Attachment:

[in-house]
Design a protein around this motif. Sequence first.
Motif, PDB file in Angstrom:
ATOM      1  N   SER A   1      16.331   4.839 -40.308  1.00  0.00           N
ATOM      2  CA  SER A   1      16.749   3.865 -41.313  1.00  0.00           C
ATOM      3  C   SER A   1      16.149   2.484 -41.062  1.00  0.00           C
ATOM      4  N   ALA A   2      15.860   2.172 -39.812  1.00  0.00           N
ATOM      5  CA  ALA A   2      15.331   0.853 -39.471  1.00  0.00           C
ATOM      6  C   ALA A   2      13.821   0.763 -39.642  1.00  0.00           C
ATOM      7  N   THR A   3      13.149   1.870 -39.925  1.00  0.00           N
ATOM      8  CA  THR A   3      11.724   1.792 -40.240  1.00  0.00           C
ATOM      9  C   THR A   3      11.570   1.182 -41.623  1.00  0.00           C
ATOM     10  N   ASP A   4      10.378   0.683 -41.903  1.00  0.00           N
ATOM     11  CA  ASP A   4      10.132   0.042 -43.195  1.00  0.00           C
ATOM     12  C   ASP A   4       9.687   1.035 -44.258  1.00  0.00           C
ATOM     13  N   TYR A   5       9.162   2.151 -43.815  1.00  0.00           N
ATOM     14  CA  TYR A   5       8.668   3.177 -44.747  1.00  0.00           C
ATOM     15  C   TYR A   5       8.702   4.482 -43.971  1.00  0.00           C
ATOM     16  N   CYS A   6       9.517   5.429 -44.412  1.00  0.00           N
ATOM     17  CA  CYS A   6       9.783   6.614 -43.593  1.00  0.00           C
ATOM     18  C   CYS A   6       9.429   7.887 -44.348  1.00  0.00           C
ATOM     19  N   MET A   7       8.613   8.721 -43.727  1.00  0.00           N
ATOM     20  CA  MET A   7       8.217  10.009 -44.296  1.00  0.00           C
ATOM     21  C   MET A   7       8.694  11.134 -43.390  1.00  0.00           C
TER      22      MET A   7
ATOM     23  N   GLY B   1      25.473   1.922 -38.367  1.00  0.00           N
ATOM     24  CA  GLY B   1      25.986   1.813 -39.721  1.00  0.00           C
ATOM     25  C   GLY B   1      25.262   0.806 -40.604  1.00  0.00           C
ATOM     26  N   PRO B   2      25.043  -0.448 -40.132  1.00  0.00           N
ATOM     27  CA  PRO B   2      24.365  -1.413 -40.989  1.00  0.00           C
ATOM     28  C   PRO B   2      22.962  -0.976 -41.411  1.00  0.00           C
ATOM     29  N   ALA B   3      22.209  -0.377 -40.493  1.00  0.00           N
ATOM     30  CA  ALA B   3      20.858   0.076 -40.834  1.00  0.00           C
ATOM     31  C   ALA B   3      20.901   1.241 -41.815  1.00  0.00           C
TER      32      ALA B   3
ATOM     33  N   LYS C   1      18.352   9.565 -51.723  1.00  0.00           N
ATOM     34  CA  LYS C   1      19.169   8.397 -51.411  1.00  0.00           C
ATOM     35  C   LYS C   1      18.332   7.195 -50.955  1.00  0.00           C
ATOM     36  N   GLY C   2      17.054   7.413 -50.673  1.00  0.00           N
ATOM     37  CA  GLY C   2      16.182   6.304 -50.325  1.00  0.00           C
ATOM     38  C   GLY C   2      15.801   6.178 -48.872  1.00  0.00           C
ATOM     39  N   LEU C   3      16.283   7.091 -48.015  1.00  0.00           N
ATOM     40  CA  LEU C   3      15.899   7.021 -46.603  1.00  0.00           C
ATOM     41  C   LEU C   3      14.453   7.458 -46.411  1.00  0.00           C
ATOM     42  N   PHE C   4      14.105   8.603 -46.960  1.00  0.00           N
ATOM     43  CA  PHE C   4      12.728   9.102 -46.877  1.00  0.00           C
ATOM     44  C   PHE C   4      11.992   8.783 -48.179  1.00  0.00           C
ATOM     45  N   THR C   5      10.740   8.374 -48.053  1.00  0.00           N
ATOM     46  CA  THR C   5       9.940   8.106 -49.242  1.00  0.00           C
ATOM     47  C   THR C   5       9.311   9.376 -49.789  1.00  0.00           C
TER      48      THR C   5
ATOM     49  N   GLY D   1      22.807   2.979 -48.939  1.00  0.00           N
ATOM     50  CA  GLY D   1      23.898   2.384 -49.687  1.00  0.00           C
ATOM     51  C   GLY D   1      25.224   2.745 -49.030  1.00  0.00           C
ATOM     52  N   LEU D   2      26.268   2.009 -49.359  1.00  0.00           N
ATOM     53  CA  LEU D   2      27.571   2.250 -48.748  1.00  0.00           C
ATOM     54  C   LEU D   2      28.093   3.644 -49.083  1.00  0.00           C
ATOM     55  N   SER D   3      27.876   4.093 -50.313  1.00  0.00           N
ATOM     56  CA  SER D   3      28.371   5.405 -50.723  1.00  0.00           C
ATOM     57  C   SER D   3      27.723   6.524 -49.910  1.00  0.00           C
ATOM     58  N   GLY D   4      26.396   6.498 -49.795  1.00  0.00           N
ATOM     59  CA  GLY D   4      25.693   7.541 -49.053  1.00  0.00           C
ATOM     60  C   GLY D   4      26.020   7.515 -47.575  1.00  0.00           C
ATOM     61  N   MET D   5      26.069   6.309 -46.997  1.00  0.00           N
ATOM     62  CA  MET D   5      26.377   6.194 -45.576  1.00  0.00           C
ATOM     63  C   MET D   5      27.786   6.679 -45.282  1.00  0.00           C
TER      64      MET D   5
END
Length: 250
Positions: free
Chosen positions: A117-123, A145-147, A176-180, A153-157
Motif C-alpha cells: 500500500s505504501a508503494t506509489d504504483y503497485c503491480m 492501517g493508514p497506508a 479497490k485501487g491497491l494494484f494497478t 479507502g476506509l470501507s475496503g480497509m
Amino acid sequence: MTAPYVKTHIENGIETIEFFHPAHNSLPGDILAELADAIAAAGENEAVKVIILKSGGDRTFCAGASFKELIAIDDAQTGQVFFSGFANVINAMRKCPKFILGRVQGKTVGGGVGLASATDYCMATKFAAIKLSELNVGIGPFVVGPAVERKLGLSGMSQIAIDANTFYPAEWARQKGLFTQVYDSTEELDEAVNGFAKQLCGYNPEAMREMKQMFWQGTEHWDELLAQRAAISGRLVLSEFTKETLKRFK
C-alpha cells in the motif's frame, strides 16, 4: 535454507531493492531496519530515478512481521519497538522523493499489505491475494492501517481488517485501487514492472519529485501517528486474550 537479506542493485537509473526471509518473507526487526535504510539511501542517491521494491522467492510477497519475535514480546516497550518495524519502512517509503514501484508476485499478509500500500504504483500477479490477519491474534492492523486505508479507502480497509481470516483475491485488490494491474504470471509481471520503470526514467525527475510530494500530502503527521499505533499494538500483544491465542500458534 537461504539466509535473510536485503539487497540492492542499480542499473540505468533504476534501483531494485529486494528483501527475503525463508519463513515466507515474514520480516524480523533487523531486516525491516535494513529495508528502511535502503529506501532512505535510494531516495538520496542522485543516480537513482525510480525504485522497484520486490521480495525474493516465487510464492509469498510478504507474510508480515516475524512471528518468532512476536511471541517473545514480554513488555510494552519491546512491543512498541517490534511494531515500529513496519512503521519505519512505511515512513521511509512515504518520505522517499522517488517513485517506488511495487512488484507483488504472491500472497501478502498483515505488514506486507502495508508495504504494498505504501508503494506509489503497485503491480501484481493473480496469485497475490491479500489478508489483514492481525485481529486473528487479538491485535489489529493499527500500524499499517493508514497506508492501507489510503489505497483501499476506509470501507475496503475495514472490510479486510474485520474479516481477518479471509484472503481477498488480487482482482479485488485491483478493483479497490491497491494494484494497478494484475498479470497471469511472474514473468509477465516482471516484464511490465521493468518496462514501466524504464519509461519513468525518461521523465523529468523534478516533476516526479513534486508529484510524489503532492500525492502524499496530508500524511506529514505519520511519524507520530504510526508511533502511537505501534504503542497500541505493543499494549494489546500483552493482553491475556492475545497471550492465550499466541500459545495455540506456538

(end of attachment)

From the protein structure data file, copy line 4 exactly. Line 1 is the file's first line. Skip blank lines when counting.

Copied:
ATOM      1  N   SER A   1      16.331   4.839 -40.308  1.00  0.00           N